Two one’s individual ability to reach their maximum

Two factors that limit cardiac
output (Q) are heart rate (HR) and stroke volume (SV). The HR is limited by age
and one’s individual ability to reach their maximum heart rate, but this factor
does not change with training5. Stroke volume is limited by the amount the
ventricles can fill (end-diastolic filling) which is both determined by a
reduction in pericardial resistance, and an increase in blood volume5,6 found
in elite trained athletes. SV is also limited by the ejection volume possible
by the ventricles which can be explained by the Frank-Starling mechanism in
which a reduction in pericardial resistance would provide more filling, and
greater contractility to increase the ejection volume6. Increased heart size
would also explain the increase in SV with elite trained athletes due to chronic
and prolonged training leading to increased ventricular wall size6. Thus, with
proper training, stroke volume appears to be the main limiting central factor
that if improved, can greatly increase cardiac output and consequently, VO2max.


In conclusion, the research
supports the fact that cardiac output, a central limitation in trained
athletes, is the primary limiting factor to maximal oxygen uptake. This is
despite the fact that at VO2max, athletes may demonstrate a decrease in the
a-vO2 difference, perhaps due to very high blood flow limiting the full
oxyhemoglobin saturation . Consistent across many research findings 1,3–6,
oxygen delivery is the primary limiting factor for VO2.

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trained athletes had larger
hearts and the size was attributable to adaptive processes within the heart
that caused ventricular hypertrophy. This hypertrophy of the main pump allows
for more powerful contractions of the left ventricle which, in turn, causes
more blood to be pumped per beat of the heart. It goes without saying that the
more blood that can be pumped out into the arteries per beat, the more oxygen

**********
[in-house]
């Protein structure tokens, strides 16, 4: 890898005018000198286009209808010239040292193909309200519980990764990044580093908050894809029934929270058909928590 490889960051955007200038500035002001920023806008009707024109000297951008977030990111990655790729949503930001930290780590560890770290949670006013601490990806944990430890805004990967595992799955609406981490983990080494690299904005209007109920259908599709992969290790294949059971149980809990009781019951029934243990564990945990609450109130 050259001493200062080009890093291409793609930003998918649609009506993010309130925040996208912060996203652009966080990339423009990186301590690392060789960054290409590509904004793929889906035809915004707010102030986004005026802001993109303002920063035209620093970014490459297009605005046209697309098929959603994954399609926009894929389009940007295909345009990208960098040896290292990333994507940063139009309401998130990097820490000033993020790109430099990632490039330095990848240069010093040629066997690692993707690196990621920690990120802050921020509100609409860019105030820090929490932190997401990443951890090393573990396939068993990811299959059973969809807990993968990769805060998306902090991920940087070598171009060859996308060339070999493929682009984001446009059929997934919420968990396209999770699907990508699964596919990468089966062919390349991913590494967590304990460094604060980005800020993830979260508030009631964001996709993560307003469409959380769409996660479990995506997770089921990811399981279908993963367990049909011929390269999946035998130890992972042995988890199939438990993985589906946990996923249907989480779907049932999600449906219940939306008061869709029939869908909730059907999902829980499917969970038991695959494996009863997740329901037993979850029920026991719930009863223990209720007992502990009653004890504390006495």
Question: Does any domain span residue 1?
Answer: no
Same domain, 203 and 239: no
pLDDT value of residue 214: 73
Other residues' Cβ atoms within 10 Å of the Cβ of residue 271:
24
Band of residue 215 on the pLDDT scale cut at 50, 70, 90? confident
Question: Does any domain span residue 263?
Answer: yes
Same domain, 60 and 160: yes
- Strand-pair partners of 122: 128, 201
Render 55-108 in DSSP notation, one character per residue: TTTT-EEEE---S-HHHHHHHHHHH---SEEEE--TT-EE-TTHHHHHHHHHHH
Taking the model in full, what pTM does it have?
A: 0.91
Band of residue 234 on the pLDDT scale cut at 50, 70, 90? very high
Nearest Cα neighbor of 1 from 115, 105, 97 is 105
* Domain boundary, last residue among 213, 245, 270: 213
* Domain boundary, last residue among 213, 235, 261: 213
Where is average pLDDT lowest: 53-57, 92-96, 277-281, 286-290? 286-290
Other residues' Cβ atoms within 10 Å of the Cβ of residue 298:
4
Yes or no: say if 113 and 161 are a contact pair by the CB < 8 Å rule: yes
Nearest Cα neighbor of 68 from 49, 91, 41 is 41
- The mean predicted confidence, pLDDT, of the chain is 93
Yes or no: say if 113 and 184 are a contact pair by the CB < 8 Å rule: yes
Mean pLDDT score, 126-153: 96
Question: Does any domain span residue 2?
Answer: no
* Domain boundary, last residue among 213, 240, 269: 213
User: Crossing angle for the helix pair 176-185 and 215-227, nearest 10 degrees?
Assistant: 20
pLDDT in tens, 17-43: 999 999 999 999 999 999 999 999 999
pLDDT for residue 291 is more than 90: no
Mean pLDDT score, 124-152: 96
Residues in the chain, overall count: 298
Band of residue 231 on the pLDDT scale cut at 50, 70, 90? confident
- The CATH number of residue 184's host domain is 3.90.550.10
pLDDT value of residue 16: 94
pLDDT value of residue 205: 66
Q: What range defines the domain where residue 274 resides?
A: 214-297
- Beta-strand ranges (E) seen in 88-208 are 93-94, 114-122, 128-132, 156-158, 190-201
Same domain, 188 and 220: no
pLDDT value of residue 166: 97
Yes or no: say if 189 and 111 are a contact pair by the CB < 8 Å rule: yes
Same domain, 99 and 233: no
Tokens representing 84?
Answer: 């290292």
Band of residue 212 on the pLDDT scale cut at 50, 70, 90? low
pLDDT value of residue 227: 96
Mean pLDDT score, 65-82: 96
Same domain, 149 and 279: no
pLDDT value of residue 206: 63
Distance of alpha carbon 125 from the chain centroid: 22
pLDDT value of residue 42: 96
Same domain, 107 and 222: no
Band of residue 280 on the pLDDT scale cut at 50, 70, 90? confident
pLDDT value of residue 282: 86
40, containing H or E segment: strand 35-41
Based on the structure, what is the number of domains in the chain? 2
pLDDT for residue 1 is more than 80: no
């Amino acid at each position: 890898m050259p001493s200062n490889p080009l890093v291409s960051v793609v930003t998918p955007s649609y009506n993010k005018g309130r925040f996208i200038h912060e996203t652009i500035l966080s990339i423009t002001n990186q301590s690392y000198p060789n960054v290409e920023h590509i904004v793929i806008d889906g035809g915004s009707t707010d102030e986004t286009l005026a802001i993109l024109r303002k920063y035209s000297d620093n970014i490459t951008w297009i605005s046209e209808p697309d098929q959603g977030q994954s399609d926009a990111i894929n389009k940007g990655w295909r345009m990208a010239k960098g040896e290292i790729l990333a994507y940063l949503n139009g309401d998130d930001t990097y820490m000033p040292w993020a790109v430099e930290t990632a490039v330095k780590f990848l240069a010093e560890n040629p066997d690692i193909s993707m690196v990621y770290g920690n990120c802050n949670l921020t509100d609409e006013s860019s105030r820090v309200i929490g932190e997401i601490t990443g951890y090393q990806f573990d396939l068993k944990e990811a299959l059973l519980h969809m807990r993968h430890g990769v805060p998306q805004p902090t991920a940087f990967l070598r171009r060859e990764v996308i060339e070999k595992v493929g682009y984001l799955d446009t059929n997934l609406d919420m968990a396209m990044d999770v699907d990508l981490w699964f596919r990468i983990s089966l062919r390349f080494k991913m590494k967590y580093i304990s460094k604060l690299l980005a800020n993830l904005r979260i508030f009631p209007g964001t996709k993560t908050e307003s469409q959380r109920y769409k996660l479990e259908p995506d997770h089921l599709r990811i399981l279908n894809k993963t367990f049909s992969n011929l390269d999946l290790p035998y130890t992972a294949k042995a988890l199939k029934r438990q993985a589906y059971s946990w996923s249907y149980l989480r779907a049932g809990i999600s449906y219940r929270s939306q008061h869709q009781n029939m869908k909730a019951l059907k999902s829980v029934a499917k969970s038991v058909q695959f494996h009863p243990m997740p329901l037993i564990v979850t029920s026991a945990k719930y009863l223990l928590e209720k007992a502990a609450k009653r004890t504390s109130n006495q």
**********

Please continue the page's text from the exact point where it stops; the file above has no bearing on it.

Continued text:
that is available to working muscles. If the average, untrained individual has a
maximum cardiac output of 20 l/min. and the elite, aerobic athlete has a
maximum cardiac output of 40 l/min., it can be assumed that if oxygen
saturations are the same, twice as much oxygen is being transported within the
arteries per minute in the elite athlete and this increased amount of oxygen
results in greater muscle contraction and increased performance.


increases in cardiac output (and
VO2 max) seems to be reflective of increases in stroke volume

the heart muscle react to
increased levels of aerobic exercise by growing larger (hypertrophy) and being
able to handle increased levels of aerobic work. This hypertrophy is most
evident in the left ventricle as this is the primary “pumper” of
blood out into the system. The cavity increases in size to accommodate larger
volumes of blood and the muscle increases in cross-sectional area which allows
for greater contractility and more forceful contractions. This combination of
adaptive mechanisms leads to increased stroke volumes which can vary from
minimal in recreationally trained individuals to extreme in the most elite
endurance athletes.

It is a fact that aerobically
trained athletes have higher VO2 max values than their untrained counterparts
(with the exception of extreme cases of genetic predisposition which can never
be ruled out). It is also a fact that endurance-type athletes have higher
cardiac outputs than sedentary individuals. It can then be postulated that the
higher VO2 max values are the result of greater oxygen delivery which is a
result of increased cardiac output